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How to use Discord for your classroom

You’ve been telling us stories of how you’re using Discord in all sorts of amazing ways during the COVID-19 pandemic. We’ve seen classrooms come together, workers without an office find a new place to connect, and tons of surprising uses. To help out where we can, we recently announced that we’re temporarily raising the user limit on Go Live from 10 to 50 people.

One of the main reasons we made this change was to help teachers. With high schools and college campuses closing in many parts of the world, more and more of them are turning to Discord to make sure their students don’t fall behind and can continue to learn. And we’ve been flooded with requests from educators asking: What can I do with Discord?

To put it briefly, Discord offers:

  • A dedicated, free to use, invite only class space for classes like AP US History
  • Text channels to organize things like lessons, homework, or study groups so students can go over the latest Pre-Calculus assignments together
  • Voice channels for both one-to-one and group discussions, or even office hours
  • A real-time teaching environment where lessons can be shared with up to 50 people at a time

If you’re an educator, you might be new to Discord. We created a fast, one-click way to get you started. Just click here and you’ll breeze through the Discord signup and automatically get your own pre-organized classroom space.

We’ve also pulled together an overview of how to use Discord for online learning. Please note that the minimum age to join Discord is 13, so younger students won’t be able to use the service.

Discord 101

You can download and sign up for Discord for free on desktop, iOS, Android, or via your web browser. Here’s a quick feature rundown:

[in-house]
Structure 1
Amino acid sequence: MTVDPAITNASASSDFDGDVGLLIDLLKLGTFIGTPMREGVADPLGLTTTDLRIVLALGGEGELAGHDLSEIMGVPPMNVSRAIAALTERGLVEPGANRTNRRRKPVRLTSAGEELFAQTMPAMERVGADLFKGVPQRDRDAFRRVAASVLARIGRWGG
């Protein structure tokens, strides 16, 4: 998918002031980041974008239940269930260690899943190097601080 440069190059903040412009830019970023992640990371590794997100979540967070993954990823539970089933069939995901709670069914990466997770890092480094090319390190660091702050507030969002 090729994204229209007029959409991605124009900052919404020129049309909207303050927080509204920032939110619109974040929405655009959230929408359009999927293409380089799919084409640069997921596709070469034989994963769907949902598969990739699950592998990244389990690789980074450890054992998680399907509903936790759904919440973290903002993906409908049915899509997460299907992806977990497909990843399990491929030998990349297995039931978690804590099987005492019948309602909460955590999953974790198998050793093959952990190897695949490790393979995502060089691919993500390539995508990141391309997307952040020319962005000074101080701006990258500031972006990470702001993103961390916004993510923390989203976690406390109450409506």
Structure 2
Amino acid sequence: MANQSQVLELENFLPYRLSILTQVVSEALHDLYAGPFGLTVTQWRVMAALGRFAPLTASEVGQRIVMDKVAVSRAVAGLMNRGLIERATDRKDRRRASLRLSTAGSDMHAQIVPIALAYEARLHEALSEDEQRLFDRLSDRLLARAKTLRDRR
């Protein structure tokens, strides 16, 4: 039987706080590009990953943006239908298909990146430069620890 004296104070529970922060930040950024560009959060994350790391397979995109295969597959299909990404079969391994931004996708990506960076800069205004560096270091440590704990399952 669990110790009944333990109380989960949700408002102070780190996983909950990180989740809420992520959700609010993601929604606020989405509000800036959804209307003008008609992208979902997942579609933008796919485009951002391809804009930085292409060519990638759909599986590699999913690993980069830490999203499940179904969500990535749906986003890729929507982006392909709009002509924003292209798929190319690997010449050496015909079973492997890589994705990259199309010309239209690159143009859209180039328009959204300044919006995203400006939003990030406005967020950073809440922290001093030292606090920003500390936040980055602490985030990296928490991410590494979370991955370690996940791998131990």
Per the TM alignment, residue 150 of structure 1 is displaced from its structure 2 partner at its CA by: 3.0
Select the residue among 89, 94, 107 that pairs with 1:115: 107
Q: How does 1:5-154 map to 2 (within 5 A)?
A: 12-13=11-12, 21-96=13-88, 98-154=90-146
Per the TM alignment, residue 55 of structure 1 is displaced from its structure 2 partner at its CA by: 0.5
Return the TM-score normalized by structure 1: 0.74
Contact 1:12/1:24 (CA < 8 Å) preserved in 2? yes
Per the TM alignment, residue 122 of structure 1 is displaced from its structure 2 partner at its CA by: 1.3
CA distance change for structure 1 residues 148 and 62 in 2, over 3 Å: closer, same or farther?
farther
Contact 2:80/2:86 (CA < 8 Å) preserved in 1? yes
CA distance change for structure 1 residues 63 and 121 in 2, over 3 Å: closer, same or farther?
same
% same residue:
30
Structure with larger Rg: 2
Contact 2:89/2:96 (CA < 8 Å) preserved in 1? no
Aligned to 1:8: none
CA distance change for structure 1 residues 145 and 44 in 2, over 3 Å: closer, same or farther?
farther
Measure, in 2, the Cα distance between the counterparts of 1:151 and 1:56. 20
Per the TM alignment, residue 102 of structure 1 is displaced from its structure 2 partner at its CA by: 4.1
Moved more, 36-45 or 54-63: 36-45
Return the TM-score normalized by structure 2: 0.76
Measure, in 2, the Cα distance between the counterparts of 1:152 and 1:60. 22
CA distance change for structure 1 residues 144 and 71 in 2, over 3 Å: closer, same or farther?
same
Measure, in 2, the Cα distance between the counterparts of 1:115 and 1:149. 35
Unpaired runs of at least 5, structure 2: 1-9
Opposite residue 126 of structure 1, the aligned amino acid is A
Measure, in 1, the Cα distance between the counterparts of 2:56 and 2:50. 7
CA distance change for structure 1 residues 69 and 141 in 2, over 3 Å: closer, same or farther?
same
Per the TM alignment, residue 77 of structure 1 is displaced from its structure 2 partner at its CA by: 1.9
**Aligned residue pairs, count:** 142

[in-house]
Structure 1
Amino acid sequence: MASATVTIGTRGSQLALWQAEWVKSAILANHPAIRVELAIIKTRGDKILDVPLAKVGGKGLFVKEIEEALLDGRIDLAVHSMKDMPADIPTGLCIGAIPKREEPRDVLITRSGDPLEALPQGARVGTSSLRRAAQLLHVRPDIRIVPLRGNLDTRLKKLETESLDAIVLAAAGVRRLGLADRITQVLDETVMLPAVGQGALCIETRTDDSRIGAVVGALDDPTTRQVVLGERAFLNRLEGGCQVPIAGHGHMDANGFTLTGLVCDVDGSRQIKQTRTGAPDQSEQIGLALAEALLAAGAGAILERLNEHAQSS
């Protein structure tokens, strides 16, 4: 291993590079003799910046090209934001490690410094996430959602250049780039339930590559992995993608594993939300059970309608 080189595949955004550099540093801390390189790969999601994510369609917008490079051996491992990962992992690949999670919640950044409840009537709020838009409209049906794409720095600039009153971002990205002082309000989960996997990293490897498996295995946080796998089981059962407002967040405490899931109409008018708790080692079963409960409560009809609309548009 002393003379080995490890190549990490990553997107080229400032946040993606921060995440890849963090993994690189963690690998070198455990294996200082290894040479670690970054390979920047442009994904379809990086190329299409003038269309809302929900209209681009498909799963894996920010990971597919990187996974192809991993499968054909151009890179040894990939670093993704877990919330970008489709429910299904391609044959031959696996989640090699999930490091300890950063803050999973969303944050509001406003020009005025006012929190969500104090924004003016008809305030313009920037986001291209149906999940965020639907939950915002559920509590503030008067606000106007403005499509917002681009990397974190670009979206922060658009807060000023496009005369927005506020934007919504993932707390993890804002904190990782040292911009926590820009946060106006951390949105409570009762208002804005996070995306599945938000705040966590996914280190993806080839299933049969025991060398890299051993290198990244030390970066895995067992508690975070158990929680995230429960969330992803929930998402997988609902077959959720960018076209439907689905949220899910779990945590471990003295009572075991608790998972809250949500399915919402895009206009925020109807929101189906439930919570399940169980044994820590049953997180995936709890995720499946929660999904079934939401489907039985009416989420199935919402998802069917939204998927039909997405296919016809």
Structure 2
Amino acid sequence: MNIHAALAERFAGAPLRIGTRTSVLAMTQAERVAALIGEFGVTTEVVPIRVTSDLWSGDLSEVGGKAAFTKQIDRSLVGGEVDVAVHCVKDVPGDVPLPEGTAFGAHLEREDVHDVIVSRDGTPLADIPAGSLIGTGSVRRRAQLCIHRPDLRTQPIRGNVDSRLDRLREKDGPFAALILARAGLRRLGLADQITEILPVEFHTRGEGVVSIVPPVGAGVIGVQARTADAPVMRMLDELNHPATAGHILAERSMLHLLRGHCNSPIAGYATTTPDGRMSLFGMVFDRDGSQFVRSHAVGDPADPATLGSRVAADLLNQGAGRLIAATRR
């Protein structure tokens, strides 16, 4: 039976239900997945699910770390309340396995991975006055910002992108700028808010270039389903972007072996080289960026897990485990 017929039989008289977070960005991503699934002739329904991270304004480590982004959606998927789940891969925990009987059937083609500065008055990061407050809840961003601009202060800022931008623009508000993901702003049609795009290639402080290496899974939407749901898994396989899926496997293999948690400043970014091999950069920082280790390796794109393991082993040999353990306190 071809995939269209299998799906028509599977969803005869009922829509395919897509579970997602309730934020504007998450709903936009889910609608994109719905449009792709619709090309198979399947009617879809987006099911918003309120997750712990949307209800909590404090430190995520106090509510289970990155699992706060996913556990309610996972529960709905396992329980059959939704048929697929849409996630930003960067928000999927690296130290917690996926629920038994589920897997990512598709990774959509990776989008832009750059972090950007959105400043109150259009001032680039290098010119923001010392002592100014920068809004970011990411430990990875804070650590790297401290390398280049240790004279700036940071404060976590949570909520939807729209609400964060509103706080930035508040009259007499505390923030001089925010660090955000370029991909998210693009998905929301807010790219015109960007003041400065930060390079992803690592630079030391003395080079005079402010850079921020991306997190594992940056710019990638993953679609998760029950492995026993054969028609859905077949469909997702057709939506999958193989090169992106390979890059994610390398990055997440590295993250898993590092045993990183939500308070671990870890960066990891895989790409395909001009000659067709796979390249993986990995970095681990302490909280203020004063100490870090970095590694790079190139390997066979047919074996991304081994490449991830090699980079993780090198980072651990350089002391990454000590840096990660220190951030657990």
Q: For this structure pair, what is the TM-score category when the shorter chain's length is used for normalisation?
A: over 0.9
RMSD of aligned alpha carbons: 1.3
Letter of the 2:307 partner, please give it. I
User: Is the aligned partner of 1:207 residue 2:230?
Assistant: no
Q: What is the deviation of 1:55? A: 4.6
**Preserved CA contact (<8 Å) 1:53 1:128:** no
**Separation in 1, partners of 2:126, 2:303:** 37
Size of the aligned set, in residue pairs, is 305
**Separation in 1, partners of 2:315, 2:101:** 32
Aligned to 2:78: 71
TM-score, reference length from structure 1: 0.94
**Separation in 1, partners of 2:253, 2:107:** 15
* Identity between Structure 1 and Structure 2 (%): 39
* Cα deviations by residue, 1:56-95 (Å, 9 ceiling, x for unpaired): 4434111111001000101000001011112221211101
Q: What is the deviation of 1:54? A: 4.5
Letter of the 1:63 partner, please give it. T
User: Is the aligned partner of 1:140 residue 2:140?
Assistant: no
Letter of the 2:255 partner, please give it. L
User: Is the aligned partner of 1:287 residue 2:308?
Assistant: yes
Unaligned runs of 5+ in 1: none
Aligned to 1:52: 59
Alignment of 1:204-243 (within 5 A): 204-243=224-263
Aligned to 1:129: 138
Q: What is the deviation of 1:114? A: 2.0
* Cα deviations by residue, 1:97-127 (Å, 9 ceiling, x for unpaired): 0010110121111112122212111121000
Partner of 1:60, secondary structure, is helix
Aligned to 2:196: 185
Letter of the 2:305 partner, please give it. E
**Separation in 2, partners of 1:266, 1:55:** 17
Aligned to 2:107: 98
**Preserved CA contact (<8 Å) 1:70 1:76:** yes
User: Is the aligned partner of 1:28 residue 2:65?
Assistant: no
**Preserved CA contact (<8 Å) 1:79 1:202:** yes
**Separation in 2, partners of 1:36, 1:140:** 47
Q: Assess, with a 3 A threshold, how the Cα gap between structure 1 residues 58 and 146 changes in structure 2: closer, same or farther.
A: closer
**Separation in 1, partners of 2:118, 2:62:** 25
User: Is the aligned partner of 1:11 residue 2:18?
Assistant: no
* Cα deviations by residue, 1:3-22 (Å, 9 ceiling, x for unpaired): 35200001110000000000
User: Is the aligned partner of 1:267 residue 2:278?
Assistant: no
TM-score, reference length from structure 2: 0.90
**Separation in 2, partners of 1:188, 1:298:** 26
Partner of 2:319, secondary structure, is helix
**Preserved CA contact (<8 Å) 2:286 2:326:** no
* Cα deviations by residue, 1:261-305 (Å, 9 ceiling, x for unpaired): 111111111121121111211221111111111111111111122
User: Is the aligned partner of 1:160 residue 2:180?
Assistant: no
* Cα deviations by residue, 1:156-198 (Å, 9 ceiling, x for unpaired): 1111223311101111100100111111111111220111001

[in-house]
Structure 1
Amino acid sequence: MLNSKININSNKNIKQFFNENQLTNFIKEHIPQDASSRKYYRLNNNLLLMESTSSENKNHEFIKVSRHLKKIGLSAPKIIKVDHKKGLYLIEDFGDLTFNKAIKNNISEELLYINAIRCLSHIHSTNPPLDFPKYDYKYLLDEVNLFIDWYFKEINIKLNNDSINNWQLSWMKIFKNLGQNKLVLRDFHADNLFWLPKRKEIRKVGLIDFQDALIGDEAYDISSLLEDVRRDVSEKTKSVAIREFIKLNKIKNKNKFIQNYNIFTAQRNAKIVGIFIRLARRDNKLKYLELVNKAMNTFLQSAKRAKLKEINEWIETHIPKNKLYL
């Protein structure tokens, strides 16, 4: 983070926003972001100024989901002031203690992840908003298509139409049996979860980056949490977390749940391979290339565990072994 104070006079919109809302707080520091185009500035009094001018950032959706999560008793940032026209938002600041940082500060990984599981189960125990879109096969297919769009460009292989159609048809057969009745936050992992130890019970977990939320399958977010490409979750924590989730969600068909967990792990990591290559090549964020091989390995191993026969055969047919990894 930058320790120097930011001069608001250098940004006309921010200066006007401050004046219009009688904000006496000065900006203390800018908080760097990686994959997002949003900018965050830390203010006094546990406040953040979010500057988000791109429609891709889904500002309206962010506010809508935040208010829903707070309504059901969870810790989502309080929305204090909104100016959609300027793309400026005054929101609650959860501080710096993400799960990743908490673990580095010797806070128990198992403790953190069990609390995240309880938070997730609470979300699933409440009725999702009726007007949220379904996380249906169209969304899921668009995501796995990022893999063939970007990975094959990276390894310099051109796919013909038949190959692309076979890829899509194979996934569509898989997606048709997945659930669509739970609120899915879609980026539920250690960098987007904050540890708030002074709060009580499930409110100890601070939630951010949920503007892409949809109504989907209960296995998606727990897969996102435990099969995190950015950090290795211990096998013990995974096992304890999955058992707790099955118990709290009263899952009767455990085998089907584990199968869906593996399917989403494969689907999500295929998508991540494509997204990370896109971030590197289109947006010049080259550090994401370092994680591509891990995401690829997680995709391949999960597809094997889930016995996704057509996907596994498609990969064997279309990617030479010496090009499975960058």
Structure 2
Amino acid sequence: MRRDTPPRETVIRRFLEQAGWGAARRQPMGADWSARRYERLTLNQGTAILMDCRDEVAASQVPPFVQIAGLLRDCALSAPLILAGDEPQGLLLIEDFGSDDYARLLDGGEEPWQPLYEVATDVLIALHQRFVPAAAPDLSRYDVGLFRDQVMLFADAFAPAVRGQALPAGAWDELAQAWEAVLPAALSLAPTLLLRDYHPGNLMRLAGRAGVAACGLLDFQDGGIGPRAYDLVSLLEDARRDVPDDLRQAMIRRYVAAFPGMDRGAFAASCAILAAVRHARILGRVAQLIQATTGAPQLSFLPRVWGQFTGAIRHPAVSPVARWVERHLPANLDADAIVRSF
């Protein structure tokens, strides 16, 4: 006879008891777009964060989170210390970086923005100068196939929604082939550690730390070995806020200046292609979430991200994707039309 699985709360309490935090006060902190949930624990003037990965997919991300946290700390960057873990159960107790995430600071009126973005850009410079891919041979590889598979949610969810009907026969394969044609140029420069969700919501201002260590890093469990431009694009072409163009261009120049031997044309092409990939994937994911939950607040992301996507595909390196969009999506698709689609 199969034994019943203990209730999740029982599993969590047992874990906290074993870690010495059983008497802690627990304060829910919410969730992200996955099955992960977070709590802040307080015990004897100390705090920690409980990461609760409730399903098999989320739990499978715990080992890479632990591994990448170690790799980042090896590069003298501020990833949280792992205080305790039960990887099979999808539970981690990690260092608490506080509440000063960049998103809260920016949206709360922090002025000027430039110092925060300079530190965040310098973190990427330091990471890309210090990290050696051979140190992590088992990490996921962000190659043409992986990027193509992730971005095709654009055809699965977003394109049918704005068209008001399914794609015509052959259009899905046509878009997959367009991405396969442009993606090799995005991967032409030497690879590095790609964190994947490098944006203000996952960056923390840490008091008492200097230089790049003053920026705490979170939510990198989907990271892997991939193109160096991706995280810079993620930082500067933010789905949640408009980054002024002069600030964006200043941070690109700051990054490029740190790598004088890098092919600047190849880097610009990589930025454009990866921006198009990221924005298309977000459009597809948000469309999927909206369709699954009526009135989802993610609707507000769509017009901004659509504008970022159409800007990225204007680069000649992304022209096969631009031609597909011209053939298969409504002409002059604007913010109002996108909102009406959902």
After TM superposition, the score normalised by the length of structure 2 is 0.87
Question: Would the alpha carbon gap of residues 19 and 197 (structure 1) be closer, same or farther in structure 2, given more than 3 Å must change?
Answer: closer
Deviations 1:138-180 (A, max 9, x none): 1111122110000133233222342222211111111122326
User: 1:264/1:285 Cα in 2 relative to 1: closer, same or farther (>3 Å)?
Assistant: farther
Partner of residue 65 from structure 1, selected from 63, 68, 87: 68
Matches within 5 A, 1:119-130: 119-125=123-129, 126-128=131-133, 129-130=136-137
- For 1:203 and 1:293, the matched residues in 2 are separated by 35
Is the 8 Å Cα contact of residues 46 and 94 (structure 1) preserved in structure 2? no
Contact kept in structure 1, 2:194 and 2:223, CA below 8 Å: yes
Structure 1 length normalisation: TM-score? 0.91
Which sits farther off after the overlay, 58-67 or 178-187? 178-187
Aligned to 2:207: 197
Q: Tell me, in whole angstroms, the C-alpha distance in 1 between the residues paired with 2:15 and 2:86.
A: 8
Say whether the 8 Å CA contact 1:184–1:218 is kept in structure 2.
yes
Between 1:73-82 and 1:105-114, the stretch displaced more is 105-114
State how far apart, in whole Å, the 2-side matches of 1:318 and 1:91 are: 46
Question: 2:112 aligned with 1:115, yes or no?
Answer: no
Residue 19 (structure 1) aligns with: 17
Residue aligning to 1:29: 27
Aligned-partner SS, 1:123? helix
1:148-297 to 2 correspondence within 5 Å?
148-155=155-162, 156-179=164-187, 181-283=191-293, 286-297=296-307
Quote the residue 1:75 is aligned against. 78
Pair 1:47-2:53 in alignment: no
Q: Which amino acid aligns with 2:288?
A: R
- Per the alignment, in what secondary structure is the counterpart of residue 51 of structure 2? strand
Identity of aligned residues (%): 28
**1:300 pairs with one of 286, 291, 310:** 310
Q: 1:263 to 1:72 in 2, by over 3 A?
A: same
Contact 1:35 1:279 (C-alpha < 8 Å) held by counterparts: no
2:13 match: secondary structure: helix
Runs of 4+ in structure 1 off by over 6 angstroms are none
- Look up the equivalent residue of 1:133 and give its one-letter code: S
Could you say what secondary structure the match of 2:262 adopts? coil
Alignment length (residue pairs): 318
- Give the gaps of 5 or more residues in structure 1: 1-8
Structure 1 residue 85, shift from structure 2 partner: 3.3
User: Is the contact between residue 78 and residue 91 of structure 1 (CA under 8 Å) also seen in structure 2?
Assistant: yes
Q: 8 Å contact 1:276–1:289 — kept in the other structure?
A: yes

• Discord is made up of invite only spaces known as servers — think of your server as your classroom.
  • Servers are organized into individual channels where you’ll interact with students or other teachers.
  • There are text channels, where anyone can post messages, upload files, and share images for others to read at any time.
  • And also voice channels, where teachers can conduct classes with Go Live, and students can get together to talk and collaborate.
  • As noted above, you can get going quickly by using this simple template, which will give you a server that looks and feels like this:

You can customize and organize your Discord created from this template however you like. Change the server name, channel names, and organize your students with powerful roles. Once you’ve got your server set up as you want, it’s time to invite your students to join you!

Conducting class remotely

Discord’s Go Live feature allows you to teach a class for as many as 50 people, regardless of where they are. Students don’t see you, they only see what you’re sharing on your computer. As you present, you can take questions and call on students just as you would in a traditional classroom. The session can’t be accessed by anyone outside the server.

To get started, join a voice channel (click the 🔈symbol), then click the 🖥 icon in the voice status panel near the bottom left corner and a new window will pop out. Just pick the application window or screen you want to share, press the “Go Live” button, and you’re sharing with students.

If you want to create a server for your class from scratch, click here for step-by-step instructions.

Talk to us

We wanted to provide a quick overview of Discord, and there’s a lot more that educators can do. As you explore, you’ll see it offers almost limitless options for customization and organization, so you can make your classroom space exactly as you want.

It’s inspiring to see dedicated teachers doing everything they can to keep educating. While we hope schools can be reopened as soon as possible, we’ll do whatever we can to help in the meantime. If you have questions, or just want to let us know how you’re using Discord so others can learn, we’d love to hear from you on Twitter.

Looking for this post in a different language?

Unfortunately, we aren’t able to publish our blog posts into multiple languages here. As a work around, we’ve added the blog translations to our support site so you can share with your teachers, friends and more! Click on your language below for the localized post:

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